In case you were wondering, yes, the ongoing legal battle between Apple and chipmaker Qualcomm can, in fact, get worse.
A new report from Bloomberg reveals that Qualcomm is now suing Apple for breach of contract, specifically by allegedly sharing proprietary information about its chips with competitor Intel.
As evidence, Qualcomm claims Apple asked for confidential information about its chips and CC'ed an Intel engineer in the same message. So now Qualcomm is seeking an award for "significant damages in an amount to be proven at trial."
Qualcomm also wants to audit how Apple is handling Qualcomm's proprietary information as their contract reportedly demands, and Apple is apparently refusing.
Chips on their shoulders
This news comes only a couple of days after The Wall Street Journal reported that Apple might be moving away from Qualcomm entirely after Qualcomm allegedly refused to send Apple the software needed to test its chips in prototype devices.
If there really are some shenanigans going on behind the scenes as Qualcomm fears, then the company argues it "will suffer substantial, irreparable and incalculable injury for which monetary damages will not provide adequate compensation."
Apple has long relied on Qualcomm for its modem chips that allow devices like the iPhone and iPad to connect with cellular networks, but it began to use Intel partially for that purpose beginning with the iPhone 7.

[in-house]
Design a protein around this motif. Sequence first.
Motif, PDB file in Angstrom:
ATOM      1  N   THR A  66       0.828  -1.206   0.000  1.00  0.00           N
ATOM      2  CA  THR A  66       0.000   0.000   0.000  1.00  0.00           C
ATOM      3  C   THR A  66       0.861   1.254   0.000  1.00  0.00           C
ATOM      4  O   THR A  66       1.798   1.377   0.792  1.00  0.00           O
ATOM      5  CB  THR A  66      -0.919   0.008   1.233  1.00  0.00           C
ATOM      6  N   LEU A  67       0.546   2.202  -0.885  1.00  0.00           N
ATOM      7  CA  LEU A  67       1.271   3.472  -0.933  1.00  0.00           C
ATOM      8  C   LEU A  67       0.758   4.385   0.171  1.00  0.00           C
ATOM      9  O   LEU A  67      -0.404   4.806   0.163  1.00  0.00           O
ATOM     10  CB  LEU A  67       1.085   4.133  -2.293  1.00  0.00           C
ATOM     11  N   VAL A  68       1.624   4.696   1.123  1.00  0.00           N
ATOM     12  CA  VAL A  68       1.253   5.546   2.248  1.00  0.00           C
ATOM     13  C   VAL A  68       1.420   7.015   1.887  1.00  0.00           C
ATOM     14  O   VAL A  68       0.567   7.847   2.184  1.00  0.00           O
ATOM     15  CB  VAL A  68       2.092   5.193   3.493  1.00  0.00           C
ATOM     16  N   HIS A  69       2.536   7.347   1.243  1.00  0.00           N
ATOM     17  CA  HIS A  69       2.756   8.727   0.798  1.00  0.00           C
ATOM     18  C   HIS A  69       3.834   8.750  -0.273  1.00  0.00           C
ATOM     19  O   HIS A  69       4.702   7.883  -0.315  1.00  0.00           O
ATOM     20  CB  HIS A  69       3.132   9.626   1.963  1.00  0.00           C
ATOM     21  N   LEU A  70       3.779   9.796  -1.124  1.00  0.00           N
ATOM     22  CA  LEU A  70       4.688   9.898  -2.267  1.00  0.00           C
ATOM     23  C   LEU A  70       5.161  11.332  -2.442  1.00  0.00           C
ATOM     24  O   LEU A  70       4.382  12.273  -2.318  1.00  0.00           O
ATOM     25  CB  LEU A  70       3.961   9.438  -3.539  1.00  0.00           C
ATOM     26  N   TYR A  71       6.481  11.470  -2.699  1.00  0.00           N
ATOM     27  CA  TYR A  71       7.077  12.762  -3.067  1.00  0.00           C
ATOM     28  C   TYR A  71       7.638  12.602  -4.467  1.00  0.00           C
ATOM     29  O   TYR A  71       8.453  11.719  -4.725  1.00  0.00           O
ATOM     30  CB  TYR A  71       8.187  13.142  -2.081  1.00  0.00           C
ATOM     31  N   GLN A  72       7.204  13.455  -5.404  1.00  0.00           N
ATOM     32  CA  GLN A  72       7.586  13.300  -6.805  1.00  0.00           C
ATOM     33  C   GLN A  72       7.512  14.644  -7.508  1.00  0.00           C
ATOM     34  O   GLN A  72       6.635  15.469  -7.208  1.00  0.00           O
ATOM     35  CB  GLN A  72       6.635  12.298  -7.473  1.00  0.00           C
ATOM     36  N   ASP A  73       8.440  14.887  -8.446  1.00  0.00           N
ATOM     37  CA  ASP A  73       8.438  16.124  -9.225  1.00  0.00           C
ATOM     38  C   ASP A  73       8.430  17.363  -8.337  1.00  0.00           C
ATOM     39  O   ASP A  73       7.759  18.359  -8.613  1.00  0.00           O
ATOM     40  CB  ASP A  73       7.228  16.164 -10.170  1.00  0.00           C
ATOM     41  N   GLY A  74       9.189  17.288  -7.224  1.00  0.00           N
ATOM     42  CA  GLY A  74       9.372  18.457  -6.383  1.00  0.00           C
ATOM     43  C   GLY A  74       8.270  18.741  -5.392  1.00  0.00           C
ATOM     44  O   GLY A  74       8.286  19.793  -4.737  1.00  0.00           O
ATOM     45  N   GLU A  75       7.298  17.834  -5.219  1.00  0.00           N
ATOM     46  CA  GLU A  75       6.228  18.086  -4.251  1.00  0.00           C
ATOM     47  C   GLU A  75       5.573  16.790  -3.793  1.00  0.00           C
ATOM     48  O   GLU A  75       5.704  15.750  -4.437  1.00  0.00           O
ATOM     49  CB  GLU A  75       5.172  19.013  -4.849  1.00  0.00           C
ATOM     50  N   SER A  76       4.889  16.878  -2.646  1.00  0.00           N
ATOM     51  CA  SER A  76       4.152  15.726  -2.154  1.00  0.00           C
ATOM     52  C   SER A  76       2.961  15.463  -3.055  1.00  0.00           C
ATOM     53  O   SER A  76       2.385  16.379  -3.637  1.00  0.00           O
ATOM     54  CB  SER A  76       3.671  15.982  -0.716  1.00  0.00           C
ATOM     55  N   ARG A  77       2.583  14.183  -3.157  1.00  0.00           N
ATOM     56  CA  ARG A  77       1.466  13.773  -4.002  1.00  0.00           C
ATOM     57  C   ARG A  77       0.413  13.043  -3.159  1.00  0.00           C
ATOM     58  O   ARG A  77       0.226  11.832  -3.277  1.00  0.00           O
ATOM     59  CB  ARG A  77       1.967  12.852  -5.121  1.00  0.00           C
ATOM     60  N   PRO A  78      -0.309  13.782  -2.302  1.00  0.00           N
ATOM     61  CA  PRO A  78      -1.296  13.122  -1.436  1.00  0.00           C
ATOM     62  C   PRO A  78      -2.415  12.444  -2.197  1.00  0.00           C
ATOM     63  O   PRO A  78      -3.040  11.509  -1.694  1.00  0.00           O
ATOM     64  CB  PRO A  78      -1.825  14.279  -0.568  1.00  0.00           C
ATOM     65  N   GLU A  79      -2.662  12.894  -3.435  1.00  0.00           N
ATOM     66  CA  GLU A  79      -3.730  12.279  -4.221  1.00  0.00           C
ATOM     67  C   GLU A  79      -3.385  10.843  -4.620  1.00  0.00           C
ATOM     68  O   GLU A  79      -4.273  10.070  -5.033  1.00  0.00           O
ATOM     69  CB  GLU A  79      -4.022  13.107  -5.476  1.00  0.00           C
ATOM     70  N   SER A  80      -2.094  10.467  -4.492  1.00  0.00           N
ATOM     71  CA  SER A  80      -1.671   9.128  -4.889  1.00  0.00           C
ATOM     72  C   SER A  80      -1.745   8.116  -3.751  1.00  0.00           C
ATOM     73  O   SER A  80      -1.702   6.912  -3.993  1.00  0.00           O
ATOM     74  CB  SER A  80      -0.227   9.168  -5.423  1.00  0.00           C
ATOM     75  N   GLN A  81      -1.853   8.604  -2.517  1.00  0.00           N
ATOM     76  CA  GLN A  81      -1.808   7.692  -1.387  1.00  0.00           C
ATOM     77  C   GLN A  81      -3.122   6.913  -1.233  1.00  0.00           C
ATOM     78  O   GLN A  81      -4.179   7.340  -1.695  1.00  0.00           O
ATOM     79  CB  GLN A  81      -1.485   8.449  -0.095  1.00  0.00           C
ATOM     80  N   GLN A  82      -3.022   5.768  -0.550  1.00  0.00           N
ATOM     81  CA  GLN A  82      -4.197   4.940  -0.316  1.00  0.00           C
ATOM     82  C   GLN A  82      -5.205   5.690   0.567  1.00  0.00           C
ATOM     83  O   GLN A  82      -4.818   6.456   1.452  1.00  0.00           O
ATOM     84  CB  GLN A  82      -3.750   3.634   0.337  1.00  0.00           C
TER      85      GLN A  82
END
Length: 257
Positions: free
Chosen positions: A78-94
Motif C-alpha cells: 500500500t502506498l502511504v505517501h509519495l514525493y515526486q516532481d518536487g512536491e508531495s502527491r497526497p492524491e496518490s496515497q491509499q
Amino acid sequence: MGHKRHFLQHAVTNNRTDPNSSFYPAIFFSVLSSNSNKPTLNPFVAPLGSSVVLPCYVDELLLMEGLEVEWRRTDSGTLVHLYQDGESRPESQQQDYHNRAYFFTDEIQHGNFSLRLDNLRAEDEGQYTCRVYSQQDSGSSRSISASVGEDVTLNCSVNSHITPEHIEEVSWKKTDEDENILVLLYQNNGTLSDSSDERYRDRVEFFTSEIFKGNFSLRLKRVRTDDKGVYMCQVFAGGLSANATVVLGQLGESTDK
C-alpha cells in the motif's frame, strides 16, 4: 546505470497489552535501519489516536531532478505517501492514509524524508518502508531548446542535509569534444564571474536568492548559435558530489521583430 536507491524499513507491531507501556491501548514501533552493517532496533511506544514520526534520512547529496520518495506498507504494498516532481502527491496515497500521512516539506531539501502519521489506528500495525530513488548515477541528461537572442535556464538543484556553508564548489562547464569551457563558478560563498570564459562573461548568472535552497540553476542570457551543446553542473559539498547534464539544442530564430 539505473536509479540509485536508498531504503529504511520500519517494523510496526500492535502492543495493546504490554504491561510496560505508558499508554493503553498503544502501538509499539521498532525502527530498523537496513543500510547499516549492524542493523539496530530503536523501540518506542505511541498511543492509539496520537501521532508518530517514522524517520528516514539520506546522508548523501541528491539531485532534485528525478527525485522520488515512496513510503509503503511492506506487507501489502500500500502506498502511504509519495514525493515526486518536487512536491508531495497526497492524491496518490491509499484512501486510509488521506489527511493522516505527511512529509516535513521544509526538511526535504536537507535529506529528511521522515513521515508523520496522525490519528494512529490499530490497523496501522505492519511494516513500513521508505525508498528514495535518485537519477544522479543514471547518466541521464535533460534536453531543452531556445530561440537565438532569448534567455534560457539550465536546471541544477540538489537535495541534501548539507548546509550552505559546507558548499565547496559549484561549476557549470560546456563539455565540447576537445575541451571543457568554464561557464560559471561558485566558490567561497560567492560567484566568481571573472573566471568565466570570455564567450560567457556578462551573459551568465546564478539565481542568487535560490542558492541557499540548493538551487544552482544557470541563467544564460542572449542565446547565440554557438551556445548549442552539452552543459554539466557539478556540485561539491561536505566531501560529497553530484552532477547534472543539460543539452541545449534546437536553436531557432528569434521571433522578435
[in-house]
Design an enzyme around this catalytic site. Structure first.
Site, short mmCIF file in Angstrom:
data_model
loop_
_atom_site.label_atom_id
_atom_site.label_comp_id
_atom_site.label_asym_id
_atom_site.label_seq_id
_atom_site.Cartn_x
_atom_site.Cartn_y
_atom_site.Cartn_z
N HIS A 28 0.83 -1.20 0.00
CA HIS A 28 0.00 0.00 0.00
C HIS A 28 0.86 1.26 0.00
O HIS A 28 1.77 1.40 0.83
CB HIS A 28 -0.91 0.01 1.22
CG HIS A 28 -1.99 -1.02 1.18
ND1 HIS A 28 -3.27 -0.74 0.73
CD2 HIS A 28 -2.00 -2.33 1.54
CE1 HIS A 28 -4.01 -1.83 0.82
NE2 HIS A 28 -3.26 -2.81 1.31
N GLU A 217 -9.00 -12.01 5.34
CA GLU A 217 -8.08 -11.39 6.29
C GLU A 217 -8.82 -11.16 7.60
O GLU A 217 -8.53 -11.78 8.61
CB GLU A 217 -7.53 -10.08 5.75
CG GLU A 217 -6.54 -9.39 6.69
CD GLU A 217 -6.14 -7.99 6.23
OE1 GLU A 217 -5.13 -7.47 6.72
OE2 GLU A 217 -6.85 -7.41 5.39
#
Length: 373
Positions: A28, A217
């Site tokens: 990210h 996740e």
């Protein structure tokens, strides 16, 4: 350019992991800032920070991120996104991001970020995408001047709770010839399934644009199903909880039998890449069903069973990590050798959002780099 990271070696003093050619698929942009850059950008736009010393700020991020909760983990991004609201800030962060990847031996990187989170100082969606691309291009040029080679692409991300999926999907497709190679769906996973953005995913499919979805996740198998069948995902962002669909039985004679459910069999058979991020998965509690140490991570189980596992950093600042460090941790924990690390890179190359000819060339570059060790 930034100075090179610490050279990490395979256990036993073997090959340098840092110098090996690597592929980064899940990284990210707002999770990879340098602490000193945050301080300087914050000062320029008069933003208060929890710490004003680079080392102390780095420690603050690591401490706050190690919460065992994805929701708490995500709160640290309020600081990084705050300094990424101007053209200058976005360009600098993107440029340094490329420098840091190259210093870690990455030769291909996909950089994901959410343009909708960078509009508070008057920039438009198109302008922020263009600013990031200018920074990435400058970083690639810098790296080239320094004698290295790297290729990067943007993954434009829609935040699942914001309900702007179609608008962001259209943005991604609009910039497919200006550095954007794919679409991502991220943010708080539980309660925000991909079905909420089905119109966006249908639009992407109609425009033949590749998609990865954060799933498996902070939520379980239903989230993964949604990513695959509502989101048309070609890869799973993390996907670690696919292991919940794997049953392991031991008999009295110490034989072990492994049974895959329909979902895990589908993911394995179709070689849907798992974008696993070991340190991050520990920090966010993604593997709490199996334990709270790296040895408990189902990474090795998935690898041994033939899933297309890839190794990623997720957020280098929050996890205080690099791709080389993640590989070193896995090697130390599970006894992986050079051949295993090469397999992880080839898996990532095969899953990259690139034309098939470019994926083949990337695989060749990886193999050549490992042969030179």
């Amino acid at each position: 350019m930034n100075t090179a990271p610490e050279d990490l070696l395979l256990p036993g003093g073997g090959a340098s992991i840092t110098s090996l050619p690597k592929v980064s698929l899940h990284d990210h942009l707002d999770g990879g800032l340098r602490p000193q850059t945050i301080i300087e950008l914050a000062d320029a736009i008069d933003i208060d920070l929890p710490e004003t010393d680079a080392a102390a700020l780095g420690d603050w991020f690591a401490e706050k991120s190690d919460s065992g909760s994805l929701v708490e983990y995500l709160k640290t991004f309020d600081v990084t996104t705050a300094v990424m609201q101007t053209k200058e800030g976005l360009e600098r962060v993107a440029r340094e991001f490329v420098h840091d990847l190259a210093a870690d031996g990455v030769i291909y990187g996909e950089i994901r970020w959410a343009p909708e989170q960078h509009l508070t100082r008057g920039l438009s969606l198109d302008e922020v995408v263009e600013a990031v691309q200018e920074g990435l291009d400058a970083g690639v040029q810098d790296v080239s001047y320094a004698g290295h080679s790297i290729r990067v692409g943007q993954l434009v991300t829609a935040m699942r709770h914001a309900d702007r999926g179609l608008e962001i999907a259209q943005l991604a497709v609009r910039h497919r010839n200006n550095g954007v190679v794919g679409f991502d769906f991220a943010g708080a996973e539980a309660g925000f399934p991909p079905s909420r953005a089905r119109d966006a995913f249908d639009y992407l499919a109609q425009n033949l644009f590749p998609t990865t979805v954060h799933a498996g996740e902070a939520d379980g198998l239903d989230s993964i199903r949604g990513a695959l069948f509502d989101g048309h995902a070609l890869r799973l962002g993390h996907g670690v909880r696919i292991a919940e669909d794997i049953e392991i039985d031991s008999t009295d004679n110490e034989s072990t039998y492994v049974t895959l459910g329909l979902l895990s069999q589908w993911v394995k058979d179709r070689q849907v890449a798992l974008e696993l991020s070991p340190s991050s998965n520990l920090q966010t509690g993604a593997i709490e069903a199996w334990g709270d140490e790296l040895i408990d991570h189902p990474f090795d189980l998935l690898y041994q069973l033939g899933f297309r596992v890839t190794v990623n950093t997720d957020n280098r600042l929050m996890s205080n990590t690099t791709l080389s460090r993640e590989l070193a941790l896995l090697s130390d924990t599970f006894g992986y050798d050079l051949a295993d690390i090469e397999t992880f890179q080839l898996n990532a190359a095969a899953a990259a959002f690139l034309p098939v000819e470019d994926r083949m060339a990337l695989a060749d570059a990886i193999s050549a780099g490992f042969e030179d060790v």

According to the anonymous sources who spoke with The Wall Street Journal earlier this week, Apple is already designing future iPhones and iPads without Qualcomm's technology.
If Apple does end up managing to work without Qualcomm, analysts Raymond James & Associates posit that the loss of business could cost Qualcomm around 7.5% of its annual revenue.
So what would this mean if we eventually see an iPhone X 2 that has no Qualcomm chip? There's a good chance we may not even notice the difference. After all, around 30% of the iPhone 7 units shipped in 2016 had Intel modem chips, and that number jumped to around 50% by this year, as reported by AppleInsider. Performance was virtually indistinguishable.
A legal victory in Qualcomm's favor could end up hurting Apple, though, which may have some impact on future iPhone development. But considering the iPhone maker's vast cash reserves, it's worth wondering how much it would take to even make a dent.
There's also the possibility that Intel (or MediaTek) might not be able to keep up with extreme quantities of chips Apple needed like Qualcomm can, which could result in shipment shortages whenever the new device launches. But we're used to that, right?